n guilty men, then. The travels and metamorphoses of n through all lands and eras are the stuff that epic miniseries are made of. n is the father of criminal law. This is its story. …

According to some researchers, though, the maxim is considerably older. At least three commentators — one Hebrew prophet, one Founding Father and one appellate judge — have dated it back to the beginning of time. Moses’ precept, from the book of Exodus, was supposedly handed down from Someone who was around “in the beginning.” Benjamin Franklin claims that the maxim, with n = 100 and for suffering, “has been long and generally approved; never, that I know, controverted.” According to Ninth Circuit Judge Alex Kozinski, the “popular notion” that n = 10 (for conviction) is just something “we have always said.” A then-future U.S. president, John Adams, was more modest and merely dated the saying (with n = “many” and for suffering) back to the beginning of laws, saying that “there never was a system of laws in the world, in which this rule did not prevail.” …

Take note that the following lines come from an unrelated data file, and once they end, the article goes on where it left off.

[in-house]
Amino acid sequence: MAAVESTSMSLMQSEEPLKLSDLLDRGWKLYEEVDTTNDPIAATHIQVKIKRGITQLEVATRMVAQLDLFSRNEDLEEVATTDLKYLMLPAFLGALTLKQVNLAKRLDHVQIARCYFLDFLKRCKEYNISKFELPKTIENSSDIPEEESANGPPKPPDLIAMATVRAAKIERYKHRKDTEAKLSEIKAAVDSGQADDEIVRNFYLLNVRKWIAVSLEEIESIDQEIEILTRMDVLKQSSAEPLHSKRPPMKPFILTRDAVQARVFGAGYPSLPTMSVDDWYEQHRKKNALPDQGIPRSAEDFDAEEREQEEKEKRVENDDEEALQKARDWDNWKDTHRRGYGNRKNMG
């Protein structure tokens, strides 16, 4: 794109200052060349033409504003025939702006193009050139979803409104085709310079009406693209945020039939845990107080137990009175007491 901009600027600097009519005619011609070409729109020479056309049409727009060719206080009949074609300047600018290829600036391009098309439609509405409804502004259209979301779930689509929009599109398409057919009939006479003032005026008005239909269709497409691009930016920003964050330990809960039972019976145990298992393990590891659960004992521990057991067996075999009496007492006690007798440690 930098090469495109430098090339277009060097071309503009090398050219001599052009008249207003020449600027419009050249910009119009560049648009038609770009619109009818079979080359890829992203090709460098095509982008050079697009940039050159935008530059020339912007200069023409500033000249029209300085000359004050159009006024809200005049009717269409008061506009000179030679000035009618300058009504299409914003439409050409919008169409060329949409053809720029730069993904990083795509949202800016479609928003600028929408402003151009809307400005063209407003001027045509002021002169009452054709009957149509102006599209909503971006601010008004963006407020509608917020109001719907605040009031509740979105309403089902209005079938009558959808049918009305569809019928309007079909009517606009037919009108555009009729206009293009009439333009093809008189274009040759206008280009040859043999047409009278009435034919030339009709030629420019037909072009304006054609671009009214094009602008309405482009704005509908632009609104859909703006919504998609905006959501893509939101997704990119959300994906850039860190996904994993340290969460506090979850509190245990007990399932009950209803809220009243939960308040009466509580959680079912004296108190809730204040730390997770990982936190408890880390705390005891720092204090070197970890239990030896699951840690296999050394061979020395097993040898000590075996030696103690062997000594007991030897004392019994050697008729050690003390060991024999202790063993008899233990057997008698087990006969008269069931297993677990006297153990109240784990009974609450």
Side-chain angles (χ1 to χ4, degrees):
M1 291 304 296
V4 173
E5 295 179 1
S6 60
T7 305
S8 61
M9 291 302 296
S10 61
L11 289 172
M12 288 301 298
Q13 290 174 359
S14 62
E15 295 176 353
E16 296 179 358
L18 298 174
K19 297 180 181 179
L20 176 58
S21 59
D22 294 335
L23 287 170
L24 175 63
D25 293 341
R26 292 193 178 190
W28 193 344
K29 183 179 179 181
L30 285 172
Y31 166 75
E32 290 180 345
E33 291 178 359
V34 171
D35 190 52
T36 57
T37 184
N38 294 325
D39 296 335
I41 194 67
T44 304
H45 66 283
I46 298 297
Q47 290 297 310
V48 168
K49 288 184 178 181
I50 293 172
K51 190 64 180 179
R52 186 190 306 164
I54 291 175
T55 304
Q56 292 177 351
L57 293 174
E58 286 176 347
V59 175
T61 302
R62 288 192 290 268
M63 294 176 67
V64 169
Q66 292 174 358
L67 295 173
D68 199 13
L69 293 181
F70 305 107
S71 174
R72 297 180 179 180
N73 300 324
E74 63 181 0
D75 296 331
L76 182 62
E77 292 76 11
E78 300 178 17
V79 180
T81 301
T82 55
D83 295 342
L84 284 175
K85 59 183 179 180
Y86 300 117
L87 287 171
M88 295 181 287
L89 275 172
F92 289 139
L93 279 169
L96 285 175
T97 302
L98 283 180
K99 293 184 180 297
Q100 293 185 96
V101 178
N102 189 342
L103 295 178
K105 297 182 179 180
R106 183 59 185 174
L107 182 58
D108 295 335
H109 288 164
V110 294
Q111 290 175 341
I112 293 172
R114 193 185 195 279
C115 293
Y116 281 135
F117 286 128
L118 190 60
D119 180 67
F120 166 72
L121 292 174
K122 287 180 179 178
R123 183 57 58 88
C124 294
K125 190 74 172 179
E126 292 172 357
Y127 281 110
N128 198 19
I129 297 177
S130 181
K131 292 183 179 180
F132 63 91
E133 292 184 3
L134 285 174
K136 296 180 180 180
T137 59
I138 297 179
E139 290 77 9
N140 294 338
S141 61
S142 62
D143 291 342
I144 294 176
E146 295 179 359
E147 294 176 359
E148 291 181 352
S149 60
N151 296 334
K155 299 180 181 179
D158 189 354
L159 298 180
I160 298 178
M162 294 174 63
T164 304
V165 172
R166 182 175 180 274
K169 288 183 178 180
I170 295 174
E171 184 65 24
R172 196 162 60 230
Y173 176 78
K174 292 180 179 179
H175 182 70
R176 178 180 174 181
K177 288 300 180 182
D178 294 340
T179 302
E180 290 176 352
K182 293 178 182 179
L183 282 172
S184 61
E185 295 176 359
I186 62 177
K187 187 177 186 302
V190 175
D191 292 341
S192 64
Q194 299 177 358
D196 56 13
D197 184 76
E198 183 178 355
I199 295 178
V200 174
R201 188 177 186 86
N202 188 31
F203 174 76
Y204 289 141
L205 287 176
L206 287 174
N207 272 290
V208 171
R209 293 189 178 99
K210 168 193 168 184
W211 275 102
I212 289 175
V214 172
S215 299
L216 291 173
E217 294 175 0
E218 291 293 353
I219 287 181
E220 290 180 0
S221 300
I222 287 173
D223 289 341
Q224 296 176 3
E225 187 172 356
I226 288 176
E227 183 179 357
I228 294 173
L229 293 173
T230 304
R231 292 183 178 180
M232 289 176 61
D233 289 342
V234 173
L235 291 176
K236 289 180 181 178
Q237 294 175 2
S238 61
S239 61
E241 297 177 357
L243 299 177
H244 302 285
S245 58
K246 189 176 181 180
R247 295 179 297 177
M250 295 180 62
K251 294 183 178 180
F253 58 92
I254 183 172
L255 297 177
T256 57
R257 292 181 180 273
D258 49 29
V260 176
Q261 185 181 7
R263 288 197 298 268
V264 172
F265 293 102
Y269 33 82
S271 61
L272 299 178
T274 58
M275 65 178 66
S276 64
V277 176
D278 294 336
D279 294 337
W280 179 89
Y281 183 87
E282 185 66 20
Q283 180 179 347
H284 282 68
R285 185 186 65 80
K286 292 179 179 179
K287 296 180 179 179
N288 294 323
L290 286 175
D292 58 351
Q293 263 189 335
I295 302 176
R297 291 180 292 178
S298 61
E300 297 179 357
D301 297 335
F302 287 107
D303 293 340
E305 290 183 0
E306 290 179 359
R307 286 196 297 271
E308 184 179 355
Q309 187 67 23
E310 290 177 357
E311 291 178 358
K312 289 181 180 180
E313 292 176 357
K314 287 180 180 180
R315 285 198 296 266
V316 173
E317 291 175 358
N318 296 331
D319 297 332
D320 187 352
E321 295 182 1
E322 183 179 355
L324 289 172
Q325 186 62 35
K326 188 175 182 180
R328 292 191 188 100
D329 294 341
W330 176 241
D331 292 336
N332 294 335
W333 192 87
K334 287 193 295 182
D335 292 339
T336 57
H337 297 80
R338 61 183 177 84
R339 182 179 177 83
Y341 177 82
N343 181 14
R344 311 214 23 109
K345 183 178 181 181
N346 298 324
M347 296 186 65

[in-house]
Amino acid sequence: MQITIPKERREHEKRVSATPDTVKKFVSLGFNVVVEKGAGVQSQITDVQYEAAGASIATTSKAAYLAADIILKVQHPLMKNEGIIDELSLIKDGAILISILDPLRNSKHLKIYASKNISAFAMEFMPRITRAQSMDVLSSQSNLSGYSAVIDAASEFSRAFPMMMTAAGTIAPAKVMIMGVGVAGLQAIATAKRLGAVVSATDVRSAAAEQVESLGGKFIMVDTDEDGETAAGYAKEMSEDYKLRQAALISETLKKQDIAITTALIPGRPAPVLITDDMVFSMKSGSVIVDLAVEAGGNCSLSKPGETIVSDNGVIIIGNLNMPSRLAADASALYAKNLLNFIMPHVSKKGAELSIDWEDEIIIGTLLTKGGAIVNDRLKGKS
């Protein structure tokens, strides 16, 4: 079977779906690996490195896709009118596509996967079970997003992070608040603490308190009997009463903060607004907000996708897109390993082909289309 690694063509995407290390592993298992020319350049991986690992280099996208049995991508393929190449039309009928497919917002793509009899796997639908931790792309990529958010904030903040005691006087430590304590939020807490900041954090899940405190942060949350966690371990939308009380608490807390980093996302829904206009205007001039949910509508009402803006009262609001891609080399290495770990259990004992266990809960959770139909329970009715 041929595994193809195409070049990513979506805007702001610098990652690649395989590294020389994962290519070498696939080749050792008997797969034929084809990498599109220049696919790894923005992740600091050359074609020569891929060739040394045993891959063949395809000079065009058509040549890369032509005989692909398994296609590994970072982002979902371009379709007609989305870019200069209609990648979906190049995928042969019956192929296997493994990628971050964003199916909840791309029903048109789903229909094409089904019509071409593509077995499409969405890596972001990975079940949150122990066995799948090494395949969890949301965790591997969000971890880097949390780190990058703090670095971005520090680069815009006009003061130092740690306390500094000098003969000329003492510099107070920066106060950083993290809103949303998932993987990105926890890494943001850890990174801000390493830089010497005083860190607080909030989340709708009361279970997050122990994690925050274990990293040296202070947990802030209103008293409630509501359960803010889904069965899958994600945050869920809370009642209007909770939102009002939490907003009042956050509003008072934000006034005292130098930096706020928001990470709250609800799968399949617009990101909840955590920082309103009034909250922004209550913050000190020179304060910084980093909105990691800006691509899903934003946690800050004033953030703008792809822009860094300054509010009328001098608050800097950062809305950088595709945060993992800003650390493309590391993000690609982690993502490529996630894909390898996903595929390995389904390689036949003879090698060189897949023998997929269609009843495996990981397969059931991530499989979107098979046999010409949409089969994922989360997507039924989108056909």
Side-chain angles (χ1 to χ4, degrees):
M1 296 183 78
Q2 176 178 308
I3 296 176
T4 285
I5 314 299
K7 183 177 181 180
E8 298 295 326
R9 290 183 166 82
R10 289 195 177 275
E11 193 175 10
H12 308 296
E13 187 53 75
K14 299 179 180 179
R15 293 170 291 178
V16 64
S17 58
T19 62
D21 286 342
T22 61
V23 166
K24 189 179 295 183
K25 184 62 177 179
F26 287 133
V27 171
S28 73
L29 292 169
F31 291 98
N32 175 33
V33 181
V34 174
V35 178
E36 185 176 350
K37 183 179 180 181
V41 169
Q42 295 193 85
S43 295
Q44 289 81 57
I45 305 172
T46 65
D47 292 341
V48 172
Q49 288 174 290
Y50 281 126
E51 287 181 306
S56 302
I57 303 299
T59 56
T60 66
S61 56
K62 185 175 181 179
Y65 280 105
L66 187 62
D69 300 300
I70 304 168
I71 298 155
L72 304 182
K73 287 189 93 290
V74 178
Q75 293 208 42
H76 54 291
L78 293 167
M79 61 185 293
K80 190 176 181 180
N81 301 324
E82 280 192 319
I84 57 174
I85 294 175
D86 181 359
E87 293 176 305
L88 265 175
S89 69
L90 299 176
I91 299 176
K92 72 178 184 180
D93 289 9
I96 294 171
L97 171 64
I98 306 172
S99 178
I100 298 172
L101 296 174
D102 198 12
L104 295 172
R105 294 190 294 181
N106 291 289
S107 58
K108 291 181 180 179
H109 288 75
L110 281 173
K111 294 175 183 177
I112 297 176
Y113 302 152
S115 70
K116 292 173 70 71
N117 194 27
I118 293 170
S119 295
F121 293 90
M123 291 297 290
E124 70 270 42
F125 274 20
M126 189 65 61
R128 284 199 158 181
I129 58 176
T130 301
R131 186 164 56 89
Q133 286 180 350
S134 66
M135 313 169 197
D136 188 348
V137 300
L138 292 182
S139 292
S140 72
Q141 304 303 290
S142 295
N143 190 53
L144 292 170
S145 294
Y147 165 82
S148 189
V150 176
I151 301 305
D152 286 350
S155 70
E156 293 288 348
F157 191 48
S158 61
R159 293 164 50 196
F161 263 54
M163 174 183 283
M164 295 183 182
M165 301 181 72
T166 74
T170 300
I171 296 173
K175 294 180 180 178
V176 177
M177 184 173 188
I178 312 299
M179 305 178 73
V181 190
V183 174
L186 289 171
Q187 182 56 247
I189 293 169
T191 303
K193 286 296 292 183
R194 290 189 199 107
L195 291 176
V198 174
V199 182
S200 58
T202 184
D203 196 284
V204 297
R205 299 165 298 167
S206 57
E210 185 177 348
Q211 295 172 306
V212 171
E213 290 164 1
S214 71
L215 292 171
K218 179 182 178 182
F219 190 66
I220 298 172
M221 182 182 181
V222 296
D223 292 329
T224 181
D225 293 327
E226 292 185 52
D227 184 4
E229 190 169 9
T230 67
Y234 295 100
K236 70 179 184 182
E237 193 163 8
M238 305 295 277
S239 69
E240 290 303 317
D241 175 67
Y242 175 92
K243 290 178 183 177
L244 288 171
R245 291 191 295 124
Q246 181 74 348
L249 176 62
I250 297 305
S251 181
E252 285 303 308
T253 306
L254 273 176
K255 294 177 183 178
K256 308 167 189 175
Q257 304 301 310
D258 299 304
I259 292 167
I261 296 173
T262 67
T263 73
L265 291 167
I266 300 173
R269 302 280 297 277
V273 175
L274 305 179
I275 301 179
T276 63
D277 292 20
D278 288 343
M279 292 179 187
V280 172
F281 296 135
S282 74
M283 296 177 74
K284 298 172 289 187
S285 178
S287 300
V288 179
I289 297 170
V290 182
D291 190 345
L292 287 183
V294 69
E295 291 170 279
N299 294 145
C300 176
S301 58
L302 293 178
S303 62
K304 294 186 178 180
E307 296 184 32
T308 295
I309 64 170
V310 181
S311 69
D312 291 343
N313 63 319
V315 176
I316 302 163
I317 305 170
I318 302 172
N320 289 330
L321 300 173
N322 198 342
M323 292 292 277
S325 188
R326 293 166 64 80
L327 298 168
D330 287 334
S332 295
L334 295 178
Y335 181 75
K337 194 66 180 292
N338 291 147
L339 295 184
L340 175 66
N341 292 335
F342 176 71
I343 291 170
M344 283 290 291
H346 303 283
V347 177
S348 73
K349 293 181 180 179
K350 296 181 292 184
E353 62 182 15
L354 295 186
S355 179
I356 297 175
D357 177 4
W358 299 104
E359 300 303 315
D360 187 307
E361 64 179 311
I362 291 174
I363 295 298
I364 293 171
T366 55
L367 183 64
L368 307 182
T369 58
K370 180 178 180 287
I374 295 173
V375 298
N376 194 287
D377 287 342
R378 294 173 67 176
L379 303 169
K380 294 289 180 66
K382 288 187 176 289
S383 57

In 1471, English chief justice John Fortescue suggested n = 20 for execution: “Indeed I would rather wish twenty evil doers to escape death through pity, than one man to be unjustly condemned.” It was apparently widely believed in English courts during the Middle Ages and the Renaissance that it was better to let many guilty men escape than to convict one innocent person, and a form of Fortescue’s maxim was cited in a 1607 case from the Star Chamber court. In the seventeenth century, Matthew Hale used n = 5 for execution, “for it is better five guilty persons should escape unpunished, than one innocent person should die.” Hale admitted that this doctrine had certain inconveniences; in particular, that it is hard to get good direct evidence of witchcraft, so that many undoubtedly guilty persons escape. As Increase Mather put it in 1692, during the Salem witch trials, “it were better that ten suspected Witches should escape, than that one innocent Person should be Condemned.”

Edward Seymour, in 1696, favored n = 10 for suffering. Seymour reportedly declared, “I am of the same opinion with the Roman, who, in the case of Catiline, declared, he had rather ten guilty persons should escape, than one innocent should suffer”; though Lieutenant General Mordant is said to have replied, “The worthy member who spoke last seems to have forgot, that the Roman who made that declaration was suspected of being a conspirator himself.”